By Jessie McClellan
A couple of years ago, during a notably large storm, a prodigious water oak fell on my neighbor’s’ house. This beautiful old tree could not support the weight of the branches because the root system had been compromised from years of cars rolling, parking on and compacting the soil in the critical root zone. Fortunately, in this case, the family was not in the house and only the house and tree were harmed, but it offers valuable insight into the damage that human activity can cause the trees in our community.
The soil around us is constantly changing. Wind, heat, gravity, and water all affect our soils. These are important positive components in creating an environment for many ecosystems. In an urban environment, one additional component is changing the soil around us: people.
People have a huge impact on the urban soils. Enormous cavities are excavated for underground parking decks, the Georgia red clay is hauled away and piled to be used somewhere else, it is added to other tracts for other projects. The soil is leveled and graded and compacted. It is walked on and parked on, played baseball on and picnicked upon. Human activity is one of the main contributing factor in the changing urban soils.
This changing soilscape directly impacts the growing trees around us. Without careful consideration to how we impact the soils, human activity can have serious negative effects on our canopy.
One negative impact is the creation of a surface crust. This is caused by removal of the natural vegetation and organic layer combined with compaction caused by foot traffic or machinery,. This hard crust doesn’t allow water to infiltrate into the ground, restricts oxygen availability, and be absorbed by the tree roots.
Water drainage and insufficient aeration can have a negative impact on the absorption capabilities of the trees. If the soil is too expansive, such as with clay soils, it can become water-logged which can be equally bad for the root system.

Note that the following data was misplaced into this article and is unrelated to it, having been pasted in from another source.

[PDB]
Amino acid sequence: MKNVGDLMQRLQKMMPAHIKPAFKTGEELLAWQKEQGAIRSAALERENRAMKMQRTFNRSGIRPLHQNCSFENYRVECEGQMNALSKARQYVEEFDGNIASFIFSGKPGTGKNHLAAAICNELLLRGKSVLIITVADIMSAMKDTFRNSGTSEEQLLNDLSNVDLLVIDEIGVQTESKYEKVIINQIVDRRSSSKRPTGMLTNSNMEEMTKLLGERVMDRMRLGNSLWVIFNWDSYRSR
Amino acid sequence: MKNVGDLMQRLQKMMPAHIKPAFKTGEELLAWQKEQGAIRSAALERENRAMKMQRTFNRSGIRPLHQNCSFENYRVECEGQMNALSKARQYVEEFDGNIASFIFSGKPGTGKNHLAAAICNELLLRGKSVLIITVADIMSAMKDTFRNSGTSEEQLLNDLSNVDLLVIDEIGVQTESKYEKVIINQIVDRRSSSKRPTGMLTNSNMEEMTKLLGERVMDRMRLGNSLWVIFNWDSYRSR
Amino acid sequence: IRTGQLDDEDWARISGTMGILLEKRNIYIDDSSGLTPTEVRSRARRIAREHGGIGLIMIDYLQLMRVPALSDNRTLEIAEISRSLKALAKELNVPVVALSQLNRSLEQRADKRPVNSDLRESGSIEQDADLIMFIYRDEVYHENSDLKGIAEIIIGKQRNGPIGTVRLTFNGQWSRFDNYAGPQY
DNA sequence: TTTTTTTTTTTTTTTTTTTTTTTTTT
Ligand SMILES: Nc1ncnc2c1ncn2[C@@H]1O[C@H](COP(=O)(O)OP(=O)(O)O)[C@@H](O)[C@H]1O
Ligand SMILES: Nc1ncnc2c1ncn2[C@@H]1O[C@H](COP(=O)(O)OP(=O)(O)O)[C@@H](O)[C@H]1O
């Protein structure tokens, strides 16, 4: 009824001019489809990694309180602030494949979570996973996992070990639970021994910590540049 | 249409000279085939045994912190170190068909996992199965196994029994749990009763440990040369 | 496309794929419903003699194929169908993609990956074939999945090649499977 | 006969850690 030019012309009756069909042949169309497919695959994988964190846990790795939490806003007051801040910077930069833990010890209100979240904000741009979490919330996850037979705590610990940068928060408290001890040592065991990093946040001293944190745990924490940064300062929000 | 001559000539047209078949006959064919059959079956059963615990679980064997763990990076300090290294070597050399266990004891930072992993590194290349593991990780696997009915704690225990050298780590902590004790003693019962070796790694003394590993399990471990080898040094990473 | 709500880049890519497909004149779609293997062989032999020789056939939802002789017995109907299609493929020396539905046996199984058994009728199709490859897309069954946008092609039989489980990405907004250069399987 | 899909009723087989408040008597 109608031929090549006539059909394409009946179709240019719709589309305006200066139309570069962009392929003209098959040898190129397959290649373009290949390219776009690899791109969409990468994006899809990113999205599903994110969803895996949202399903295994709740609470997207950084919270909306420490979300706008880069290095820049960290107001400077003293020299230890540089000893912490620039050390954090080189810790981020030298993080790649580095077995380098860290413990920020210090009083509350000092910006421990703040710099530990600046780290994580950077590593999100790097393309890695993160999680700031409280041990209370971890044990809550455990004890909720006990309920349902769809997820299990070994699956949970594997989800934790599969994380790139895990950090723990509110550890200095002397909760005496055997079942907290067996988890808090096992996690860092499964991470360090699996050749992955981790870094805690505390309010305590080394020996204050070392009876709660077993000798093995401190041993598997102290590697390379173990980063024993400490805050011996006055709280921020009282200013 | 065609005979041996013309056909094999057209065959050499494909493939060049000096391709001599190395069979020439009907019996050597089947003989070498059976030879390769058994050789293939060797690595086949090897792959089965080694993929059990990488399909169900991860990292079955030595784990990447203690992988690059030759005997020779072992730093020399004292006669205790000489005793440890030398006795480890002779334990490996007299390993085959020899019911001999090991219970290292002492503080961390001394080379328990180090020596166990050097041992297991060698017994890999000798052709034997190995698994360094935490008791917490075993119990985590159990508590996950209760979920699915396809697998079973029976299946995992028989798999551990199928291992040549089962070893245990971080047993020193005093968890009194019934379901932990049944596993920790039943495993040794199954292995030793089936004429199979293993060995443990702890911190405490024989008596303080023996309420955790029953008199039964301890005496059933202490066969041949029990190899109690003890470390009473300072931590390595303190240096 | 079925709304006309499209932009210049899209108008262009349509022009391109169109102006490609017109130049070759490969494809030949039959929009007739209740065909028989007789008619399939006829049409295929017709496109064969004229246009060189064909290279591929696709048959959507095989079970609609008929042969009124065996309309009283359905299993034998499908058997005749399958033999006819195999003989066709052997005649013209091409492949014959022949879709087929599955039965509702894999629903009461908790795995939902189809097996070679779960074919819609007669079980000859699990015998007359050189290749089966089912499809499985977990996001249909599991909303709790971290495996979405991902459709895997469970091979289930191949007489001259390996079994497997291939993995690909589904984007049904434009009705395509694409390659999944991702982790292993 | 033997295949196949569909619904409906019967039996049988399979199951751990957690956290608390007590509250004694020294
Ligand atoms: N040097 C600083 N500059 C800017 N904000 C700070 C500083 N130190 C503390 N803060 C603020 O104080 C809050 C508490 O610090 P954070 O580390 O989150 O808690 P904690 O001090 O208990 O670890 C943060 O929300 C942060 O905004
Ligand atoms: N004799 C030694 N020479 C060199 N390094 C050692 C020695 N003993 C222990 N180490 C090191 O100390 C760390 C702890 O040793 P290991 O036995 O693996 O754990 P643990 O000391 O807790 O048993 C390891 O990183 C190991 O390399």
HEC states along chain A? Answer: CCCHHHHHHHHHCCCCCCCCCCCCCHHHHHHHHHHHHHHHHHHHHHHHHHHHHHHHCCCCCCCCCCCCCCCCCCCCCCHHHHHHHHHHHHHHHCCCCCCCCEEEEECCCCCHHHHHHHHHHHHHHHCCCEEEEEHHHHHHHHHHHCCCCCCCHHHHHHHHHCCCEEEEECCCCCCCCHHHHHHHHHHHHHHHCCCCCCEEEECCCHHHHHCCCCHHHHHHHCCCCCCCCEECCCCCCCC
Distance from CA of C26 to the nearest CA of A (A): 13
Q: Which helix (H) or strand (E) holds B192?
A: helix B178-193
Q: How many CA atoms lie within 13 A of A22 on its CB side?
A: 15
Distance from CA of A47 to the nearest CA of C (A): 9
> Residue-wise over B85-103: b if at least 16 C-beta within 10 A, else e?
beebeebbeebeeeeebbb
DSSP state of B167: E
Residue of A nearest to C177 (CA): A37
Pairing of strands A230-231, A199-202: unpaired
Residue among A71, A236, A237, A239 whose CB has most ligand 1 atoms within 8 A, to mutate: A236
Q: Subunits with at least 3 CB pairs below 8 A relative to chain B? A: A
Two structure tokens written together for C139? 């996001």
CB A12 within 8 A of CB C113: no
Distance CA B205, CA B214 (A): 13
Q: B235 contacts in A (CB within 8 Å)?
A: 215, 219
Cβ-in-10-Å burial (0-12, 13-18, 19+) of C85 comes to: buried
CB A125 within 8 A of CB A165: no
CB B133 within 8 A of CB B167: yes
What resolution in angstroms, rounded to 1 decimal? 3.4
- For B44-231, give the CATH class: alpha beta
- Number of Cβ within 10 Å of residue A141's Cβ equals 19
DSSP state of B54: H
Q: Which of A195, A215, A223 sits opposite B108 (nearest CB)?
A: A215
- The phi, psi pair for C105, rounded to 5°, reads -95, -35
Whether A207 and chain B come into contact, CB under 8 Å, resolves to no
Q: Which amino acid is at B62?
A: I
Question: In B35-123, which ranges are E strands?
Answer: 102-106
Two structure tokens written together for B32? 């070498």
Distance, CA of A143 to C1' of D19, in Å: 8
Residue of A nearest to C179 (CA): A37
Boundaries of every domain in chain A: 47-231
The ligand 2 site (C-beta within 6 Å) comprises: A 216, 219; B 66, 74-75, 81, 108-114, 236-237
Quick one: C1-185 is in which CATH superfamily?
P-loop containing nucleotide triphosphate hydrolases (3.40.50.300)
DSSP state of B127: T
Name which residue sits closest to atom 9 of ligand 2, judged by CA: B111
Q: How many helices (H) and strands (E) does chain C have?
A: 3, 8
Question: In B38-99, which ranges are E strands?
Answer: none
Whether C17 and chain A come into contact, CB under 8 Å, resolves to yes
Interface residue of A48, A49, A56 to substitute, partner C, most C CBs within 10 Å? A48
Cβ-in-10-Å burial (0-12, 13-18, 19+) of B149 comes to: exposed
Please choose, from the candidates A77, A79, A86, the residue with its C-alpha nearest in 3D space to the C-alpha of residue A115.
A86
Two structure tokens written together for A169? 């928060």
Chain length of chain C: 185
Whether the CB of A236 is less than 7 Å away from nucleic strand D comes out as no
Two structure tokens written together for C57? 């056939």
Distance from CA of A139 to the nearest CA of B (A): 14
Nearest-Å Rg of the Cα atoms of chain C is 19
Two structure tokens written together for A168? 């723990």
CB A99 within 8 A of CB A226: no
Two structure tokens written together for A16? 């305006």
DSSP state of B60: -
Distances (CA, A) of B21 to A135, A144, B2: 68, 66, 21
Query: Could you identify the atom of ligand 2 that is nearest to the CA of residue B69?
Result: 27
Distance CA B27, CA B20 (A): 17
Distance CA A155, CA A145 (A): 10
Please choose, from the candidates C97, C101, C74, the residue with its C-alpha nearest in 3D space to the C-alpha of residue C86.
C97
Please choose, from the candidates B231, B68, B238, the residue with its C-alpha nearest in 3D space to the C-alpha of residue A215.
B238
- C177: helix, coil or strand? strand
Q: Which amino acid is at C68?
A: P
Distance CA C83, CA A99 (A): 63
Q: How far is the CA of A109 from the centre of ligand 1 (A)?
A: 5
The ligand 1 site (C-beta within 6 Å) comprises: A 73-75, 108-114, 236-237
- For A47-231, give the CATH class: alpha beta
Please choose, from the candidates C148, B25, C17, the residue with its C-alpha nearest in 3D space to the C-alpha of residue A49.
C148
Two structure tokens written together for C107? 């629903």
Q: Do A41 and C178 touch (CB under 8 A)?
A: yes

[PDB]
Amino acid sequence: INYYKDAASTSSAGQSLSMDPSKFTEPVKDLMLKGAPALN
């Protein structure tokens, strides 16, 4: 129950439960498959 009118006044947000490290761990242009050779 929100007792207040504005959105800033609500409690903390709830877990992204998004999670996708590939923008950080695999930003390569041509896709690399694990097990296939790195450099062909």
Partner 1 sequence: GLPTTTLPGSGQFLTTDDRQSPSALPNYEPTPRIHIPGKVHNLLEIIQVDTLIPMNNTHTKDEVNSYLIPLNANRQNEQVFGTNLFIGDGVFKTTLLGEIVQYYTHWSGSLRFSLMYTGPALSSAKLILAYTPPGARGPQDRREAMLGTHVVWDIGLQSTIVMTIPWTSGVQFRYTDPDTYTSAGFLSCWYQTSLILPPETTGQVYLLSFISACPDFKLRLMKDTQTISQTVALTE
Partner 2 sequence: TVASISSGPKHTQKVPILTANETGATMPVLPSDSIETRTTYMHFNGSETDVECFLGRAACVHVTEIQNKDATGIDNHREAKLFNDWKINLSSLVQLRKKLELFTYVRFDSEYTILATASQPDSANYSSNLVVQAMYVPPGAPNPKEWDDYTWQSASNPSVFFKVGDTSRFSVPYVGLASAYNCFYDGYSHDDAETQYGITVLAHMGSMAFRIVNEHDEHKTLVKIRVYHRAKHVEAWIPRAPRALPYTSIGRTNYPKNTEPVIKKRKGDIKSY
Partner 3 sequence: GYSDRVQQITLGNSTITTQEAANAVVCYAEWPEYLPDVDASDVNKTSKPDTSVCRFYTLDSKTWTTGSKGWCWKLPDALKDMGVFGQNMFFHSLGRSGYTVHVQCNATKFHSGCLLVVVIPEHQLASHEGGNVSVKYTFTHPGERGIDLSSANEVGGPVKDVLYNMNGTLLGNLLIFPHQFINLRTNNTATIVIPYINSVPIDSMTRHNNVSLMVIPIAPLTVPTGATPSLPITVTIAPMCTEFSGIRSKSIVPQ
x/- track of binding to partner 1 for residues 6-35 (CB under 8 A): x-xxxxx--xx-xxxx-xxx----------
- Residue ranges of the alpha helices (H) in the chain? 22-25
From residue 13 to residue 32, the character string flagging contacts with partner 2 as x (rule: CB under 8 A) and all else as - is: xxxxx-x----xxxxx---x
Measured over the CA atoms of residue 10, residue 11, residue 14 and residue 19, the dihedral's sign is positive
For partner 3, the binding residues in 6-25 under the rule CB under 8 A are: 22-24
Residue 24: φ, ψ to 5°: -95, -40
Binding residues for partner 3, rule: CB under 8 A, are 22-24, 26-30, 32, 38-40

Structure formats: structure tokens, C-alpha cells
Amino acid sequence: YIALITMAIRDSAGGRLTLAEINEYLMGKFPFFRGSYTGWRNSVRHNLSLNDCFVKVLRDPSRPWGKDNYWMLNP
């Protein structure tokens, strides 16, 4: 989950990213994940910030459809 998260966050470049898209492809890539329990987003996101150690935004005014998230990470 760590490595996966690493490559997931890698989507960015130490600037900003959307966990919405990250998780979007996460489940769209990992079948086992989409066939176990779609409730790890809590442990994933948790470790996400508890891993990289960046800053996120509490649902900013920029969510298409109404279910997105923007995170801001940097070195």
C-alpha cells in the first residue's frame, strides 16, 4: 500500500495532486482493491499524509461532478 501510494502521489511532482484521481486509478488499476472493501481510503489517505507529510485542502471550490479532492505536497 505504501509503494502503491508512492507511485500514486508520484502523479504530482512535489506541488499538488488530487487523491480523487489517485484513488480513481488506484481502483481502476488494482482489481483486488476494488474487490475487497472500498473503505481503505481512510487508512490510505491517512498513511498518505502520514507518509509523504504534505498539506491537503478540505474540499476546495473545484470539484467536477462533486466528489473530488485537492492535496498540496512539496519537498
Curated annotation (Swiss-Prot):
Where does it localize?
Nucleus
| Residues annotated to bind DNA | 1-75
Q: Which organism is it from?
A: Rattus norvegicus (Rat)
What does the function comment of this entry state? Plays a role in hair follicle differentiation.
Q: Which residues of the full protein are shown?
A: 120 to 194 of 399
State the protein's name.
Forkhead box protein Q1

When a new home is built, the ground must first be leveled. During this process, the topsoil is removed and often fill material is brought in from somewhere else. This can create layers in the soil that are different from the natural makeup of the land. These new layers do not have the veins that are found in the residuum soils, which can be damaging to existing trees and can cause problems when planting replacements. The change in soil composition, including the pH and chemical makeup as well as density of the soil can prevent trees from receiving the nutrients they need to thrive.
There are several ways to remediate these effects on our trees. The first is to be aware of compromised areas of your own landscape. Pay attention to where you park, where your children play, or areas that see more foot traffic. Try to park in areas that are beyond the drip line of trees or only on existing parking pads. Divert traffic away from natural areas or create trails that have proper erosion control.
If you notice that the roots have been damaged in your landscape, there are plant health care guidelines that can prolong the life of your trees and repair damaged soilscapes. Contact a certified arborist to help with your tree concerns and you can hopefully prevent your trees from falling during the summer storms.